First of all, when I saw this Wednesday night at the Arclight, they didn't attach the Indiana Jones trailer to it - WTF? (Of course, I've downloaded it a few times already - it's sloppy but I'm excited.)
Childrens' movies are funny things. We tend to overvalue the movies that we grew up with and look down on those of a later generation, which of course isn't fair, but what can you do? The movies we saw as kids are, for most people, the way we learned to watch movies in the first place, our original encounters with chills and thrills, and it's hard to detach oneself from such primal experiences.
Anyway, as specifically regards The Spiderwick Chronicles, I gave it a shot because the trailers made it look like something potentially special: a kid's world expanded by the revelation that there's a secret world just outside the reach of the everyday, accessible to those in the know (in other words, I wanted to see if it would be this generation's The Neverending Story). The film involves Jared Grace (Freddie Highmore, from Finding Neverland and Charlie and the Chocolate Factory), who moves with his family to a big creaky old house in the aftermath of his parents' divorce, and quickly escapes into a world of ogres and fairies and whatnot.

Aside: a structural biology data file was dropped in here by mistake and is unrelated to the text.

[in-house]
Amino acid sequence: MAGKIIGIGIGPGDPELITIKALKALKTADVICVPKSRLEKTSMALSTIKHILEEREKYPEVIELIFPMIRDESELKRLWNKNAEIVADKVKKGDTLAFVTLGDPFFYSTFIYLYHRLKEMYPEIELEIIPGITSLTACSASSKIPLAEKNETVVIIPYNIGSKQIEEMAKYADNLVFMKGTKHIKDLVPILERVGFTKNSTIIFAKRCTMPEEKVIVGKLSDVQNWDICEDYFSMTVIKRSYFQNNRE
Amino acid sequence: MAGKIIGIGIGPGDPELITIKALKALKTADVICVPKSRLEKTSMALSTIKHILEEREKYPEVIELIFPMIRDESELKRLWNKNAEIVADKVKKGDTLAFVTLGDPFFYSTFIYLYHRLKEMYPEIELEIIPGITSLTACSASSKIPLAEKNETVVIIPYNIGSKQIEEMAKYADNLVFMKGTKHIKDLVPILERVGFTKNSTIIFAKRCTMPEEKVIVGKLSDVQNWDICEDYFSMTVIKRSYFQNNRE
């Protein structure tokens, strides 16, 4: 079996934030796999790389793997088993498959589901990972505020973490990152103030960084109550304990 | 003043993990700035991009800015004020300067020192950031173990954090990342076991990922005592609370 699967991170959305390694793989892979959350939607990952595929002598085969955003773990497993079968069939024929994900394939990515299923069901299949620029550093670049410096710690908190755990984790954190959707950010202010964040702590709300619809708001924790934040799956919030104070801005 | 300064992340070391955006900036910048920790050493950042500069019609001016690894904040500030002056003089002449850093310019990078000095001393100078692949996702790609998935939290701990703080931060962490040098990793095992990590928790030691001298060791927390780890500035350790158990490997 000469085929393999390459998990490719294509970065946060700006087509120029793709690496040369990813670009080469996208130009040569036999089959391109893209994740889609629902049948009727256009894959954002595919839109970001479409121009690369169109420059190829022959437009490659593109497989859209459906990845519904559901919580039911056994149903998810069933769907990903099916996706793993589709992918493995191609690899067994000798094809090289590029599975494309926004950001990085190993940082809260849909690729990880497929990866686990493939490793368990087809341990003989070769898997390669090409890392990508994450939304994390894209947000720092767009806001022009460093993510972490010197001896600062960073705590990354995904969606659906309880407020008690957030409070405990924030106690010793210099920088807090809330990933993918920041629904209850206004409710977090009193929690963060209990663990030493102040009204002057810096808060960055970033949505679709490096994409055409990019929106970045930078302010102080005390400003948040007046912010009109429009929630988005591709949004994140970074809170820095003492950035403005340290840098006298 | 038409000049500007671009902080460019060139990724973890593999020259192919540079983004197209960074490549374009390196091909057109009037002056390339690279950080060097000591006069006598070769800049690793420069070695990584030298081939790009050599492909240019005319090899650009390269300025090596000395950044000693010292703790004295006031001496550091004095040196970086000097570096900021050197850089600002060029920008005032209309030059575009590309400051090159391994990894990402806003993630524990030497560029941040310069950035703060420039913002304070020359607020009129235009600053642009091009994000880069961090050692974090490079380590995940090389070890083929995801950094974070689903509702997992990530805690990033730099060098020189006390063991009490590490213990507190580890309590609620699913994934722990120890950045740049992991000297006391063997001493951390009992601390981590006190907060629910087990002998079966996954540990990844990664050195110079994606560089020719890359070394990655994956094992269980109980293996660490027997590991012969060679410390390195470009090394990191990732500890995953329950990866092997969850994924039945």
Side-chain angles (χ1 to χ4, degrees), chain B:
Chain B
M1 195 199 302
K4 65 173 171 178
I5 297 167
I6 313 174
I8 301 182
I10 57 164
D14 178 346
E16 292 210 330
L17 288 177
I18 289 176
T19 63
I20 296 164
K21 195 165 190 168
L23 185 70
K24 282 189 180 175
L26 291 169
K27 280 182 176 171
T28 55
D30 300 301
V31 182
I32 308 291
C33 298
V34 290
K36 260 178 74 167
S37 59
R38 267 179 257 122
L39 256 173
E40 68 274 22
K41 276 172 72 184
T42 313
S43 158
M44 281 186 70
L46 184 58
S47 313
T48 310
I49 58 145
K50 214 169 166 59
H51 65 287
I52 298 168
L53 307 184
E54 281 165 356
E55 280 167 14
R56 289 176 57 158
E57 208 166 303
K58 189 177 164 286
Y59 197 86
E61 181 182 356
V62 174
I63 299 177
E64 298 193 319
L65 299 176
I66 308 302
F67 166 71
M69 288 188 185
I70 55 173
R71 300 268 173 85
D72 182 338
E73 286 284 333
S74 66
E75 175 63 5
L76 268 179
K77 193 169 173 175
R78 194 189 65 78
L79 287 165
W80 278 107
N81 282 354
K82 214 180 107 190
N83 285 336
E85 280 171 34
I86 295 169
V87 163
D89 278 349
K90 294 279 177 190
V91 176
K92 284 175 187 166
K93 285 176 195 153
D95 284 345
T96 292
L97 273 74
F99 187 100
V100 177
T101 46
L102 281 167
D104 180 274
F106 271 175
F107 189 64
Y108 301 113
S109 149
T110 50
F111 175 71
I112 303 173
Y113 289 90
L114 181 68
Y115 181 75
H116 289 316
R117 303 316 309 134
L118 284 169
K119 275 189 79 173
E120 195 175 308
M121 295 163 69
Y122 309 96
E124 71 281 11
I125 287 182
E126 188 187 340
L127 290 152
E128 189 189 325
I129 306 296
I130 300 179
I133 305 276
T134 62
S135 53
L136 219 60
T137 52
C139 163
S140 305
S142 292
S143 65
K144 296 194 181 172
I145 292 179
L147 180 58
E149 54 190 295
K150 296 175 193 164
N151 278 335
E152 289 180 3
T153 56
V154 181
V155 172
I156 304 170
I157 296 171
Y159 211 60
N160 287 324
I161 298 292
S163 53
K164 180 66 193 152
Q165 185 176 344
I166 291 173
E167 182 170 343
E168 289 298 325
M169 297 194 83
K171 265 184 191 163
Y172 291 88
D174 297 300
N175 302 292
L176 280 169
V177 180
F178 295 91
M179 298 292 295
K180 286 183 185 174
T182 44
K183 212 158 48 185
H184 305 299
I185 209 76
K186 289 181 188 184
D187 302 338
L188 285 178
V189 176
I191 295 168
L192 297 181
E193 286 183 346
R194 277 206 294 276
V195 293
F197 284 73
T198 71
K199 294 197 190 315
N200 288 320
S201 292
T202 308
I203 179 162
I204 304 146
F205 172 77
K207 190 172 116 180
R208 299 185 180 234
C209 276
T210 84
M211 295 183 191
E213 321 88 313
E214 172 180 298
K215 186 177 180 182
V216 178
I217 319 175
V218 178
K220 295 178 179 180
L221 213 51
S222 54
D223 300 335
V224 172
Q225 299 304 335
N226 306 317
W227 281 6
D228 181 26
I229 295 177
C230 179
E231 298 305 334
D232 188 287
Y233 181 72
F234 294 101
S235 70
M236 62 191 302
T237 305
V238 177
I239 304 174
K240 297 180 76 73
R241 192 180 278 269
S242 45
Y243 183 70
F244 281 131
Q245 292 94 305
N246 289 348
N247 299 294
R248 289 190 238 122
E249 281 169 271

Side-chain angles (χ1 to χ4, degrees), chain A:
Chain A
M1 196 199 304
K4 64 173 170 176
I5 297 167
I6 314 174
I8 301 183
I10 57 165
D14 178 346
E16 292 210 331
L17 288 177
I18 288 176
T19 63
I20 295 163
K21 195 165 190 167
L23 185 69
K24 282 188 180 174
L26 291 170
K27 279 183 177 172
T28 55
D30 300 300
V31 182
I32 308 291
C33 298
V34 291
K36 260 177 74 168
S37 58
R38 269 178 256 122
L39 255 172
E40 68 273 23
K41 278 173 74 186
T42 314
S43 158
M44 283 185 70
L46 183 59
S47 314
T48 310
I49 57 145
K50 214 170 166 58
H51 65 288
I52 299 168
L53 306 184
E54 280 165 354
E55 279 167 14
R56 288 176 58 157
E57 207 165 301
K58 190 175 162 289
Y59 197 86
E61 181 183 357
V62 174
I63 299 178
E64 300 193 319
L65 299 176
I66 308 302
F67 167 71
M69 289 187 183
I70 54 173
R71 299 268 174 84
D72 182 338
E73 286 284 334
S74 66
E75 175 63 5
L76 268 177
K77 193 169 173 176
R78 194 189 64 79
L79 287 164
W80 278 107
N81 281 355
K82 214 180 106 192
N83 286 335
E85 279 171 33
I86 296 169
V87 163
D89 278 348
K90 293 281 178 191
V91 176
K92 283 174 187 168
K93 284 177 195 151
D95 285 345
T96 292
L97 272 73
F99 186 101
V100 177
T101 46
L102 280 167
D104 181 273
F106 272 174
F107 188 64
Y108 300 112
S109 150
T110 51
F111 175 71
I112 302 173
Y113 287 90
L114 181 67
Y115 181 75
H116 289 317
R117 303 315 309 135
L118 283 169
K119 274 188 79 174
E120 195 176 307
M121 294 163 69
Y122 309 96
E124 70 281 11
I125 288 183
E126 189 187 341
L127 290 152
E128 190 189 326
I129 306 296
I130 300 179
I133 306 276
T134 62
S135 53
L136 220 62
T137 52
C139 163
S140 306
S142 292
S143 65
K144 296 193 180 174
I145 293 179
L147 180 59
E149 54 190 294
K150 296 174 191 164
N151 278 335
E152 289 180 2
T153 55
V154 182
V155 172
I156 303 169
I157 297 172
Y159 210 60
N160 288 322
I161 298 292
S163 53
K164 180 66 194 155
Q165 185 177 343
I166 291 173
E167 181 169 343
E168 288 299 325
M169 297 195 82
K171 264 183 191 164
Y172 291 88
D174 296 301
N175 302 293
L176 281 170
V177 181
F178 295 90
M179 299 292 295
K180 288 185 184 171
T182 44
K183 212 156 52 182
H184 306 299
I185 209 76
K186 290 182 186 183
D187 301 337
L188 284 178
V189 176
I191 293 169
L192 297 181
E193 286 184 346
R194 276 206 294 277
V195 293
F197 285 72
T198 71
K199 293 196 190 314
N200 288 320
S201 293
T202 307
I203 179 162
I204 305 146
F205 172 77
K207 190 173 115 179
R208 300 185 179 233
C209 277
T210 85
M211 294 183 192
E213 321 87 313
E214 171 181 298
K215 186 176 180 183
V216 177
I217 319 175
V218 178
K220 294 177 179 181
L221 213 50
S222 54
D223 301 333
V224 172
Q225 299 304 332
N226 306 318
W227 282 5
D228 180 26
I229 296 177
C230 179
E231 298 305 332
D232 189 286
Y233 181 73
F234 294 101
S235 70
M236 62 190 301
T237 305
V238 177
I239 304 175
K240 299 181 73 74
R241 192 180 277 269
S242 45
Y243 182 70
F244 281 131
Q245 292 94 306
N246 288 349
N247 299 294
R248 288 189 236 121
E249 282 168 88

The primary problem with the movie is that even though it's loaded with spectacle in the form of the various CGI trolls and griffins, it's a little short in the wonder department, as the screenplay is so rushed and full of action that little time is left over for the discovery of the unseen world, for the development of suspense and uncanniness - the CGI drowns out the basic, more subtle emotions. The secondary problem is that the underlying subtext of the movie - that the fantasy world allows troubled Jared Grace to learn to cope with his parents' divorce, a la Elliot's situation in E.T. The movie obligingly gives Jared a cathartic substitution (SPOILERS) by having the movie's Big Bad guy turn into Jared's philandering father for one scene, just long enough for Jared to stab him in the chest (!), after which he goes back to being a CGI troll. Direct, yet clumsy filmmaking, and it lacks a proper emotional throughline or perspective.
So even though the movie is an entertaining ride, it's a mixed bag because the filmmakers have chosen to prioritize CGI action over simple storytelling and emotional meaning. It's the same thing that tainted last year's otherwise-excellent Bridge to Terabithia and threatens to tilt each year's Harry Potter movie into nonsense, except for Alfonso Cuaron's episode.
A few other points: I do give the movie credit for being really scary and intense in places, as a good kids' movie should be. Freddie Highmore actually plays twin brothers in this movie, doubled by digital mattes, which is distracting - I can see why they did it, but it still means that the poor actor's performances are frequently disjointed. Also the music is by serial self-plagiarist James Horner, who this time rips off his score for A Beautiful Mind.